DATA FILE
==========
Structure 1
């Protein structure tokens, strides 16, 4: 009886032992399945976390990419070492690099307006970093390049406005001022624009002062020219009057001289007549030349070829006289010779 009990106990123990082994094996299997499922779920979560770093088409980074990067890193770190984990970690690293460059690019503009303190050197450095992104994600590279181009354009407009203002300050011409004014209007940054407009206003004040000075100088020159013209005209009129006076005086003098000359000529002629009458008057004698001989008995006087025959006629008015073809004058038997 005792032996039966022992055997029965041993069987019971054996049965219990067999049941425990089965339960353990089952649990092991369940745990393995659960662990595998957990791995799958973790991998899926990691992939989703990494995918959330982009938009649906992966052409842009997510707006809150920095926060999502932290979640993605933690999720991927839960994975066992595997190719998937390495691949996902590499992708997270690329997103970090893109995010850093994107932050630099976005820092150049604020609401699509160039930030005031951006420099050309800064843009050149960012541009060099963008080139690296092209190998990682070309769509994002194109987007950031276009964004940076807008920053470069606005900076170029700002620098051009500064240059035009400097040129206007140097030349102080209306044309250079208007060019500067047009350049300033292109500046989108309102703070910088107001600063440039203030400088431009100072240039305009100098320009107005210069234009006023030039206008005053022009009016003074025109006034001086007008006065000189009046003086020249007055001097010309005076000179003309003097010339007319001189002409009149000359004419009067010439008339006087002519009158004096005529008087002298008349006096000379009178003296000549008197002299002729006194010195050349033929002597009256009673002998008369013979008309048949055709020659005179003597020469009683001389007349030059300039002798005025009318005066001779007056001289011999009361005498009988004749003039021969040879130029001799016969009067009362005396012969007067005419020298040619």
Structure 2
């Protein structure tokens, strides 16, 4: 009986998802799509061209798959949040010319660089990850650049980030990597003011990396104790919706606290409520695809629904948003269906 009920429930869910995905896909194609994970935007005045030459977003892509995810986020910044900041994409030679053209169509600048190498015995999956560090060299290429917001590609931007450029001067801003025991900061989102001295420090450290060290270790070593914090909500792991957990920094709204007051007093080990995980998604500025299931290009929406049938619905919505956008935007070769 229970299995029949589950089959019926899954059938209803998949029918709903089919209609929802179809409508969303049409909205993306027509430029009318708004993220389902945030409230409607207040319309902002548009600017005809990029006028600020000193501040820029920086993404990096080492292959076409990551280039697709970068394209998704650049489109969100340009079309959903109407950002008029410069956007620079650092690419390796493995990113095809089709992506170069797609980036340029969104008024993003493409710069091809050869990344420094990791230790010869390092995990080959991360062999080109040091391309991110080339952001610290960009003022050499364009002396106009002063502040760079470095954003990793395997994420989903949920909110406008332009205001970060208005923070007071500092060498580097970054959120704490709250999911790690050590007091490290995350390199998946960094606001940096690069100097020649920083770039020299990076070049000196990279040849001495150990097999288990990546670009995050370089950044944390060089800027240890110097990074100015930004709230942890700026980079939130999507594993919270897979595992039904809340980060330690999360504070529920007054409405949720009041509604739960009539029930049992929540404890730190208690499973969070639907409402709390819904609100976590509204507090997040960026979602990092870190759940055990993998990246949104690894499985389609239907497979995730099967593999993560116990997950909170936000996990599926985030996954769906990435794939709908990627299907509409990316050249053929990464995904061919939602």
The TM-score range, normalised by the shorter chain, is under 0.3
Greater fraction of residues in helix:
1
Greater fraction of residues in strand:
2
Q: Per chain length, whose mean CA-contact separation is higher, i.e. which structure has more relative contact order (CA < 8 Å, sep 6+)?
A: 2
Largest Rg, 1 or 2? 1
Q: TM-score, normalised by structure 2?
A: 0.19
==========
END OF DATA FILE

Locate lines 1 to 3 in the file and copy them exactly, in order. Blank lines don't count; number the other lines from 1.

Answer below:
Structure 1
């Protein structure tokens, strides 16, 4: 009886032992399945976390990419070492690099307006970093390049406005001022624009002062020219009057001289007549030349070829006289010779 009990106990123990082994094996299997499922779920979560770093088409980074990067890193770190984990970690690293460059690019503009303190050197450095992104994600590279181009354009407009203002300050011409004014209007940054407009206003004040000075100088020159013209005209009129006076005086003098000359000529002629009458008057004698001989008995006087025959006629008015073809004058038997 005792032996039966022992055997029965041993069987019971054996049965219990067999049941425990089965339960353990089952649990092991369940745990393995659960662990595998957990791995799958973790991998899926990691992939989703990494995918959330982009938009649906992966052409842009997510707006809150920095926060999502932290979640993605933690999720991927839960994975066992595997190719998937390495691949996902590499992708997270690329997103970090893109995010850093994107932050630099976005820092150049604020609401699509160039930030005031951006420099050309800064843009050149960012541009060099963008080139690296092209190998990682070309769509994002194109987007950031276009964004940076807008920053470069606005900076170029700002620098051009500064240059035009400097040129206007140097030349102080209306044309250079208007060019500067047009350049300033292109500046989108309102703070910088107001600063440039203030400088431009100072240039305009100098320009107005210069234009006023030039206008005053022009009016003074025109006034001086007008006065000189009046003086020249007055001097010309005076000179003309003097010339007319001189002409009149000359004419009067010439008339006087002519009158004096005529008087002298008349006096000379009178003296000549008197002299002729006194010195050349033929002597009256009673002998008369013979008309048949055709020659005179003597020469009683001389007349030059300039002798005025009318005066001779007056001289011999009361005498009988004749003039021969040879130029001799016969009067009362005396012969007067005419020298040619």
Structure 2